Monday, August 17, 2015

An open letter to my parents

Dear Ammai and Appa,

Remember those times when I was little, hopping between you, my hands, secure, one each in your hands, tightly held, protecting me from stumbling? I remember. I want to hold your hands too, to protect you.

Remember those times, appa, when Saturdays would mean half days, and you would get back home with an assortment of ‘bakery’ biscuit goodies tucked in three-four brown bags? Today, when I spot ‘sugar-free’ cookies in the supermarket aisles, I pick them up for you, waiting for a Saturday to relive our cookie times.

Ammai, remember how you know everything that’s there in my wardrobe, every shade of colour that I own, buying matching accessories, collecting them inside a pretty little basket and surprise me occasionally for being a good girl? I have a little basket too, ammai, which is filled for the times when we meet once in a year. A basketful of shiny goodies, for being the best ammai. And I know, a thousand such baskets wouldn’t be enough.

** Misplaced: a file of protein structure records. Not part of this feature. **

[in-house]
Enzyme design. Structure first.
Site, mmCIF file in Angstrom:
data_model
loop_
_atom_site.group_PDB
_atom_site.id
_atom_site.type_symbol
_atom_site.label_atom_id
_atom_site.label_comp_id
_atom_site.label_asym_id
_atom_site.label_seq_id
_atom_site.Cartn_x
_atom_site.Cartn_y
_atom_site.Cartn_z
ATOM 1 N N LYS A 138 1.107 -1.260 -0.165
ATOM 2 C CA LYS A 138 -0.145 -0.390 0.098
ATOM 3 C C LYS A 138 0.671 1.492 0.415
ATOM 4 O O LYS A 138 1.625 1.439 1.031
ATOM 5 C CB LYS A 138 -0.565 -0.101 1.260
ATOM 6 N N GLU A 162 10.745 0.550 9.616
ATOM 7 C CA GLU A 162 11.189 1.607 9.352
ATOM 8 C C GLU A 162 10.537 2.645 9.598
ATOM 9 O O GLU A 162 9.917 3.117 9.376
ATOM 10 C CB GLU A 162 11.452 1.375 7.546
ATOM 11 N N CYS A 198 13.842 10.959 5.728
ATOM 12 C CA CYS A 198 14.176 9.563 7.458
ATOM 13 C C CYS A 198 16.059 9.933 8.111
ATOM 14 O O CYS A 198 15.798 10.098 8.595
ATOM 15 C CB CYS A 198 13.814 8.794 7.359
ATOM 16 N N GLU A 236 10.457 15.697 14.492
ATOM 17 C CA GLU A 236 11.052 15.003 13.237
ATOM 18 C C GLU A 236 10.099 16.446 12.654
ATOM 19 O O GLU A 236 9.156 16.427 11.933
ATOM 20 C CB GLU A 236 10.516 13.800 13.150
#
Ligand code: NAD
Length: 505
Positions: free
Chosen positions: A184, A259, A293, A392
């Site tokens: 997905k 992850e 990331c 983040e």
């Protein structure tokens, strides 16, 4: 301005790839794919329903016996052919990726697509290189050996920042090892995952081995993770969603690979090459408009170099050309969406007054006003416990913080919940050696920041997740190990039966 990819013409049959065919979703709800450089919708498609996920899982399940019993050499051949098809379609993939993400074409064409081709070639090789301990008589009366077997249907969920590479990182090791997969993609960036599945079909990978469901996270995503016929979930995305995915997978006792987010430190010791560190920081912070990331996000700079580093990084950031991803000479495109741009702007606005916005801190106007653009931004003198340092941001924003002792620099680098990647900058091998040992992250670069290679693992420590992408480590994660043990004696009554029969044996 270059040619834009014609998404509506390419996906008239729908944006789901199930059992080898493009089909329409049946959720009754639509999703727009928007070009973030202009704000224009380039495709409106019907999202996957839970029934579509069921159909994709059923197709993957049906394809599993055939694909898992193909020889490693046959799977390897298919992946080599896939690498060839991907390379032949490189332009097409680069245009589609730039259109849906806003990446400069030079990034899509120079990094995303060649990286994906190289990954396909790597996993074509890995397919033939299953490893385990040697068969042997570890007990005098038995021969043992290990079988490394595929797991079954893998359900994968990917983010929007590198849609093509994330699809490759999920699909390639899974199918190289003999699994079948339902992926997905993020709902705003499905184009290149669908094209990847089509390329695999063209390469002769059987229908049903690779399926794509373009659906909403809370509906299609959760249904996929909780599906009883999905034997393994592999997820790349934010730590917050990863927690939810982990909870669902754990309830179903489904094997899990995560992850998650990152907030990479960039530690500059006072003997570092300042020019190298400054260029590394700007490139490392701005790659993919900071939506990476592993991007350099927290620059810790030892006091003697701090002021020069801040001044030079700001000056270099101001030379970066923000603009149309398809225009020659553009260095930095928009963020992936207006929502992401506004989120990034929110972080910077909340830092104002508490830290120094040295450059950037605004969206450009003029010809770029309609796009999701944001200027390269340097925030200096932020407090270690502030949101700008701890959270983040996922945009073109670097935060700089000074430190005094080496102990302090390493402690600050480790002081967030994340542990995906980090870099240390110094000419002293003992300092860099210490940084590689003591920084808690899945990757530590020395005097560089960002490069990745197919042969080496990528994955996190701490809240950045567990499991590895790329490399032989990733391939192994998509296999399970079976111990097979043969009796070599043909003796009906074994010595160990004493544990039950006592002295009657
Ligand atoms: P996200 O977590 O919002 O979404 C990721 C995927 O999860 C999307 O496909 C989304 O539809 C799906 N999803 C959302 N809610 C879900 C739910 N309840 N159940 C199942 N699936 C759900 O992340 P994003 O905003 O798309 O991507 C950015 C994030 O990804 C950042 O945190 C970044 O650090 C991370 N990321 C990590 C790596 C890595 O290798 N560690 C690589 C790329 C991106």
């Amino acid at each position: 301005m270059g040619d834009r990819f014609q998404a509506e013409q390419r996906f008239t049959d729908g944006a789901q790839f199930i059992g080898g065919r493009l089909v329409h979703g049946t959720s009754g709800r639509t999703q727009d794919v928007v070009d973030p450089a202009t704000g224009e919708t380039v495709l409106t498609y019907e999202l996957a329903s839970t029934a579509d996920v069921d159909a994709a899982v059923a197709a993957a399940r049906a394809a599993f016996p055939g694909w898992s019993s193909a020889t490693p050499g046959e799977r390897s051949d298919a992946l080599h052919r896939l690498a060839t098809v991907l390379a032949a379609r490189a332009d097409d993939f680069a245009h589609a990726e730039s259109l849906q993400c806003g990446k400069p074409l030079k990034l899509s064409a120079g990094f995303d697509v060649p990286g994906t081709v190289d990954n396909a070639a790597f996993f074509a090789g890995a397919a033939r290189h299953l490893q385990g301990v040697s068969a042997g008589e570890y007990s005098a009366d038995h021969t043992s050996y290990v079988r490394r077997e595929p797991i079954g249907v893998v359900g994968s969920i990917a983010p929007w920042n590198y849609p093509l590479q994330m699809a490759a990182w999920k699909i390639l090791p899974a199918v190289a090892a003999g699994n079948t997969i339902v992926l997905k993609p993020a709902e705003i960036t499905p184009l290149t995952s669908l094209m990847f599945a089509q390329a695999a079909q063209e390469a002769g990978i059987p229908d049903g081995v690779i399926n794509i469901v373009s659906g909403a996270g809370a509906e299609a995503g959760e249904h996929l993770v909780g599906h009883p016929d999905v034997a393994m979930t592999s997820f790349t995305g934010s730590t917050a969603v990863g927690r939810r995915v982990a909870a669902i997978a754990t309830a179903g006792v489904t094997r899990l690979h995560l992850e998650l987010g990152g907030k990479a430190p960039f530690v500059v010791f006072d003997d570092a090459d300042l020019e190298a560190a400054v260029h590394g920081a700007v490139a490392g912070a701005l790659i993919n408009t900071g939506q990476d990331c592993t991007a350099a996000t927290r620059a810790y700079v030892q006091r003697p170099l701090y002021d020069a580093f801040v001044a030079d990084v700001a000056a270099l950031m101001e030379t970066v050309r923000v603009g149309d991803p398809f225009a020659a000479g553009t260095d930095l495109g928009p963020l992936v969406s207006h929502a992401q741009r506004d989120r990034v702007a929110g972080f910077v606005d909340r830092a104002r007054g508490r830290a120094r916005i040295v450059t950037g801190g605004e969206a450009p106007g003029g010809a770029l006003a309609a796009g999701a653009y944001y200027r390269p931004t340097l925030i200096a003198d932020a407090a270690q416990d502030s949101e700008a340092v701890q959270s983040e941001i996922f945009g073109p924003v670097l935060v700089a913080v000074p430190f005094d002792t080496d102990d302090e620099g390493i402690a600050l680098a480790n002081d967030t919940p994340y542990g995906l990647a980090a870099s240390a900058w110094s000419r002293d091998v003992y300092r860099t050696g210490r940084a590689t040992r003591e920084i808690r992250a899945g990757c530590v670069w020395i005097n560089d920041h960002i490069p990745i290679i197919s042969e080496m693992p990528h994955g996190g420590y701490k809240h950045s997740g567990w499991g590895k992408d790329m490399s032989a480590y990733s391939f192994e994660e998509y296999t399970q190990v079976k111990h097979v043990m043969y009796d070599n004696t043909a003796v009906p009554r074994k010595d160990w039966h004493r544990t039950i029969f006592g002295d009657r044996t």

Do you remember those Durga Puja preparations, appa? When you got your bonus? You transferred all the money to my account for me to buy that fancy Blackberry, when you had that polyphonic little matchbox as a phone? I remember. I’m saving money too, appa, for the day when I will be able to do the same for you.

Appa, remember the day you sobbed when you couldn’t get me the toffee, a ritual you never missed for a single day? Remember how you couldn’t get it when you didn’t have enough? I remember. I feel the same way when a shirt I pick for you falls out of my range. My heart sinks.

Ammai, appa, remember how you always wanted me to get promoted from Class 1, to Class 2, from school to college, from studies to work, from an intern to a trainee? I want you to get promoted too. From running behind a bus, to taking that auto, from that to enjoying a chauffeur-driven car -- I want to feel that bliss of seeing my parents live a life of luxury.

I’m working hard, not as much as you did for me, but hard enough, for me to be able to make that dream come true. I’m working hard for you ammai-appa, because, now, it’s my turn.

I want to buy the world for you. Oh, if only I could gift-wrap everything that’s there, everything that there could be. But, I prefer being a good person, something that you raised me up to be, something that you wanted me to be. And surprise you with everything that money can buy. And things that it can’t.

With much love,

Your only daughter.